Friday, May 25, 2012
Petra is a special place, as vital a destination in evoking the distant past as Pompeii and Xi'An. You can ride in and about much of the site on horseback, camel, donkey and mule cart. The first 1.2 kilometers goes through a very narrow canyon, that is shaded at the beginning and end of the day. Everything else, all day, sits in bright, hot sun. Even the finest physical specimen, naming no names, will occasionally huff and puff when climbing to some elevated vantage point. A thorough exploration would take days, but is more likely to hold the interest of the amateur archeologist than the casual tourist. However, returning each afternoon to the Mövenpick Petra Resort might justify an extended stay.

While we usually seek variety when traveling, tonight, our wedding anniversary, we ate dinner again at Al Saraya Restaurant in the hotel, with a buffet of particular quality and sophistication that eliminated the need to seek any alternative. Near the end of the meal, although it's hard to determine when I am finished with a buffet, a covey of Jordanian waiters approached our table bearing a beautiful cake and singing Happy Birthday until corrected. My young bride still doubts my innocence in arranging this demonstration of intergroup, interfaith and international accord.

Saturday, May 26, 2012
We left early for Amman, Jordan's capital, three or more hours north. On the way, Wa'el took us to Umm Ar-Rasas, the site of some early Christian mosaics, and Madaba, where St. George's Church houses a 6th century Byzantine mosaic map showing Jerusalem and other holy sites. The map, originally 25 by 5 meters, is estimated to have 2,ooo,ooo pieces of colored stone, a remarkable achievement. We made one more stop before entering Amman, at Mt. Nebo, and, for the first time this entire trip, Grandpa Alan got seriously annoyed. It was not Israeli Jews that annoyed me, not Jordanian Muslims that annoyed me, but Italian Catholics, specifically the Order of the Franciscan Friars. They control Mt. Nebo, the closest that Moses got to the Promised Land after 40 years wandering the desert. According to anybody's bible, Moses died on Mt. Nebo and was buried there, overlooking the Jordan Velley and the Dead Sea. Now, it is a tourist destination, charging admission, run by the Franciscans. And, you know what? There is absolutely no use of the I word, the J word or the H word on the premises or in the associated literature. It is "a Christian holy site," no more, no less. Only the restraining presence of my beloved traveling companion stopped me from baptizing the site with some of my own personal holy water.

Wa'el, unaware of my annoyance, nevertheless provided a decent counterbalance, Tawaheen Al-Hawa Restaurant, Tlaa'a Al-Ali Jubilee Circle, in eastern Amman. This is a very large restaurant, where the outdoor portion resembles a Bedouin camp. We ate indoors, at four-foot square wooden tables embedded with three-foot round brass plates. Wa'el, apparently known to management, ordered and further ingratiated himself to me with the lavish spread that ensued. We began with eight "salads," hummus, babaganoush, labana, vegetables and the like with a variant of pita. Accompanying those cold dishes were two types of merguez, the North African sausage, two meat pies, lamb and chicken, and strips of lightly-grilled cheese. Then, the main course, grilled pieces of lamb and chicken, ground beef and parsley sausages, and french fries. At that point, I was ready to devote my life to maintaining peace in the Middle East forever. Total delerium was avoided when only watermelon was served for dessert. The bill came to 32.48 Jordanian Dinars, $45.80, including some non-alcoholic drinks. I'm sure that the cost to Al'an would have been greater without Wa'el.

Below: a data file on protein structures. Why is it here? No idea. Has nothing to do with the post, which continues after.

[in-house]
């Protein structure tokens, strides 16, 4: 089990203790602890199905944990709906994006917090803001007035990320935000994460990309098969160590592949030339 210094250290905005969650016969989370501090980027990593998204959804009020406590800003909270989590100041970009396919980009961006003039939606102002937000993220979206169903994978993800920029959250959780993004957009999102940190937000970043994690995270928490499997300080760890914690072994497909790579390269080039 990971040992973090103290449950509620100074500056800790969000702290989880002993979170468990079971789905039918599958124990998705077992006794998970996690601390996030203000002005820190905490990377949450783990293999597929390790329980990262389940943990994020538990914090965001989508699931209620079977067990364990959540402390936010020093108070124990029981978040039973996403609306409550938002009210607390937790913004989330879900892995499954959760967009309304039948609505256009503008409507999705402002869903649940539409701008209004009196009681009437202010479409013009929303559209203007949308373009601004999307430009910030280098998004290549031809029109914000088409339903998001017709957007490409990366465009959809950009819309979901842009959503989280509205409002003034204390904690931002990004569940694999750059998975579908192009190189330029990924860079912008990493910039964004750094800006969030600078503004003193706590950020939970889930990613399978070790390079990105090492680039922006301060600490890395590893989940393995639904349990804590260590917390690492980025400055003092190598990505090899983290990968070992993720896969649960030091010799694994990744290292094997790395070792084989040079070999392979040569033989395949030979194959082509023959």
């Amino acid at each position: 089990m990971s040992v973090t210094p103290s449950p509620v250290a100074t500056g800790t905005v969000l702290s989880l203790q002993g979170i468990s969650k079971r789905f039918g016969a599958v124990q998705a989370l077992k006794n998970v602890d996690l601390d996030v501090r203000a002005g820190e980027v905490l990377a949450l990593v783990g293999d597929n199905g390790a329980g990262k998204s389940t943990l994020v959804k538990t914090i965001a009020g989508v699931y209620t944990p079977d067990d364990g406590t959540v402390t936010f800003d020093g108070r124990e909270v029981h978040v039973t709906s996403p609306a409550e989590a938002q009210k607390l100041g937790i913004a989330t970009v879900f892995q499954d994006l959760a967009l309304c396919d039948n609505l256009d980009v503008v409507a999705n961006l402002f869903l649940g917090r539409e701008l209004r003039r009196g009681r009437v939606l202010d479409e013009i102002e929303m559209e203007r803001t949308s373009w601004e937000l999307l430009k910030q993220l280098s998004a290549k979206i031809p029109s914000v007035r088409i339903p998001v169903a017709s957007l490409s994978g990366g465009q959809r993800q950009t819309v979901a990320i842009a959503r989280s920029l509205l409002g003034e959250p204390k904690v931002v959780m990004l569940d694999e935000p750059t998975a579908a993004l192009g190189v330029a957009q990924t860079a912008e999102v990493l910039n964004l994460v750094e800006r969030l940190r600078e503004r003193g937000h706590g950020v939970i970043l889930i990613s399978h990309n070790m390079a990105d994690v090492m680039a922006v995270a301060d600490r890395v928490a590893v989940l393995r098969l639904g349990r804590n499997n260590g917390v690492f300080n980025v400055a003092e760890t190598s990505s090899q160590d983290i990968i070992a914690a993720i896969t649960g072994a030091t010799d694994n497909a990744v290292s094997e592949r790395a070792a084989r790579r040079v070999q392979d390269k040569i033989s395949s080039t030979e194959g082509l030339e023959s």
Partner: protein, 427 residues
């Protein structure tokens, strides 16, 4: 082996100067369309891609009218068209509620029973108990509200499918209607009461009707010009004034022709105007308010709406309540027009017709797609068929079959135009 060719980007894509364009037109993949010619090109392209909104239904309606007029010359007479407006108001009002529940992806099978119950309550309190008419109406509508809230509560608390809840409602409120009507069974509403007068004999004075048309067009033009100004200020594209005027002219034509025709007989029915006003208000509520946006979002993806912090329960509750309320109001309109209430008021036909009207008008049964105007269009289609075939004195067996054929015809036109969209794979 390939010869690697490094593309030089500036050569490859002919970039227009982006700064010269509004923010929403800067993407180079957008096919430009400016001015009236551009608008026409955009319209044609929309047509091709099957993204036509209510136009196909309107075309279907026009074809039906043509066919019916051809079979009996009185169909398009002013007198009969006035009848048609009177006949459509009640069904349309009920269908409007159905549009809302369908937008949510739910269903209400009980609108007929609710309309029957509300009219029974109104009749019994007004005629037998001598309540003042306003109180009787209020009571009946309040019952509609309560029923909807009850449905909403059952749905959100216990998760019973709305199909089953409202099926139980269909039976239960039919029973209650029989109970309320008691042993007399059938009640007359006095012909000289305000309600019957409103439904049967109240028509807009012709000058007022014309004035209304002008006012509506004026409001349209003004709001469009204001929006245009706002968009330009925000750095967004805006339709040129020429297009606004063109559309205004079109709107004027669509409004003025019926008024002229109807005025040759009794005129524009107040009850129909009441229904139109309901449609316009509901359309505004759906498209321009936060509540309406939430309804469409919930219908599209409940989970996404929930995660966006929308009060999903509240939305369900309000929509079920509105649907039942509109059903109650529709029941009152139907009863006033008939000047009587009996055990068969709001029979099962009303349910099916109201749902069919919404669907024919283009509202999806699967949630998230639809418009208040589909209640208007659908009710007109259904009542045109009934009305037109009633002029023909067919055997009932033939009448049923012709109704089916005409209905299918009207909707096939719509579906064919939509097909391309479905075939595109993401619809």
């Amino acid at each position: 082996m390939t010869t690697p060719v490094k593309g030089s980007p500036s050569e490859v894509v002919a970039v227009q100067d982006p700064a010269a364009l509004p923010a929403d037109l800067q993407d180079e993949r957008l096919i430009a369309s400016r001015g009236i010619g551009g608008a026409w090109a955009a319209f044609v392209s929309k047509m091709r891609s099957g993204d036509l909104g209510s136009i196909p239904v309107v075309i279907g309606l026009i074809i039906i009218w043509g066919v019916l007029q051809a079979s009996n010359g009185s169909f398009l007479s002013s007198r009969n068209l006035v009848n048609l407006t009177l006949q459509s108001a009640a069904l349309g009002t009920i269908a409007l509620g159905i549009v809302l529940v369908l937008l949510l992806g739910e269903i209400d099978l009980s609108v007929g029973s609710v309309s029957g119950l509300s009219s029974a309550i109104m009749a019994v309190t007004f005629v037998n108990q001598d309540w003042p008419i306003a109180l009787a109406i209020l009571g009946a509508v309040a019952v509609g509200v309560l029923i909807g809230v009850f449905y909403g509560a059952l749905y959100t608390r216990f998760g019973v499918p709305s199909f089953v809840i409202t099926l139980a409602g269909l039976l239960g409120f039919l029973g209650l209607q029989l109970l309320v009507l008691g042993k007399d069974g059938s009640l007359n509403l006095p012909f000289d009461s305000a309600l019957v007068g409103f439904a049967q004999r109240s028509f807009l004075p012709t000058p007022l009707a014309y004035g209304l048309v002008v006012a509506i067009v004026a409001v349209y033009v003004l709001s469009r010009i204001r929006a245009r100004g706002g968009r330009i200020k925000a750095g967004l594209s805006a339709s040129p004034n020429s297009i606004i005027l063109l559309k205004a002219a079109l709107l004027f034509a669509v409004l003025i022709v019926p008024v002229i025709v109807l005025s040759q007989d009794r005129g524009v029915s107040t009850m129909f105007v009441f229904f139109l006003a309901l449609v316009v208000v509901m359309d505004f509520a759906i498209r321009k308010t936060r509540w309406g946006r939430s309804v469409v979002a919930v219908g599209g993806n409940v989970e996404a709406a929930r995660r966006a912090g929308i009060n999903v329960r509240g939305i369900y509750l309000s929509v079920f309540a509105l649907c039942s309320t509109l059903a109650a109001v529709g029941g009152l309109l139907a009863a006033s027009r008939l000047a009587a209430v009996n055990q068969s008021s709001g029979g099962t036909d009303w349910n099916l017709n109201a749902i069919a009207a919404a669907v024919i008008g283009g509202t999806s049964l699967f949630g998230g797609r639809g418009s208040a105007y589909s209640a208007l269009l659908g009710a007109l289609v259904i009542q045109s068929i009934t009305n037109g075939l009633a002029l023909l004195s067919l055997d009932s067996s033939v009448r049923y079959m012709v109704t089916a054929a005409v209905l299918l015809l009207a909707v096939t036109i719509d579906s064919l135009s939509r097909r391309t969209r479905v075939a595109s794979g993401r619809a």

The patrons at Tawaheen Al-Hawa provided an interesting cross-section of Arab life. At the three nearest tables sat women representing the gamut of public demeanor. A woman dressed in "Western" clothes ate alone, writing in a journal in Arabic -- She wrote right to left using a fine brush. Another table had a family group, probably three generations, with the women wearing scarves covering only their hair. At a third table, occupied Wa'el insisted by Arabs from a Persian Gulf state, were two women totally enveloped in black burqas (burkas, burkhas), although it could have been men underneath, for all you know. One man, wearing a traditional white tunic, sat with them.

Wa'el checked us into the Intercontinental Hotel, where we were upgraded again. Our exposure to Amman was limited to a short nighttime walk through a nearby neighborhood, although I was heartened by one storefront.

Sunday, May 27, 2012
The hotel was loaded with senior Jordanian military types this morning, although my favorite moment was provided by an American soldier who came over to me when he heard my dulcet tones describing how I wanted my eggs prepared. He was from New York and the sound of my voice reminded him of the genuine Land of the Free and Home of the Brave.

Wa'el picked us up early for our last morning in Jordan, visiting Jerash, about 30 miles north of Amman. Jerash is one of the best-preserved Roman sites in the world. It was a city of about 25,000 before the devastating earthquake of 747 led to its abandonment, and eventual disappearance under sand for almost a thousand years. It occupied 800,000 square meters within its walls (nearly 198 acres). Now, you see amphitheaters, colonnaded streets, marketplaces, temples and other buildings amid lots of rubble. As with Pompeii, with which it is often compared, much remains buried. Metaphors anyone?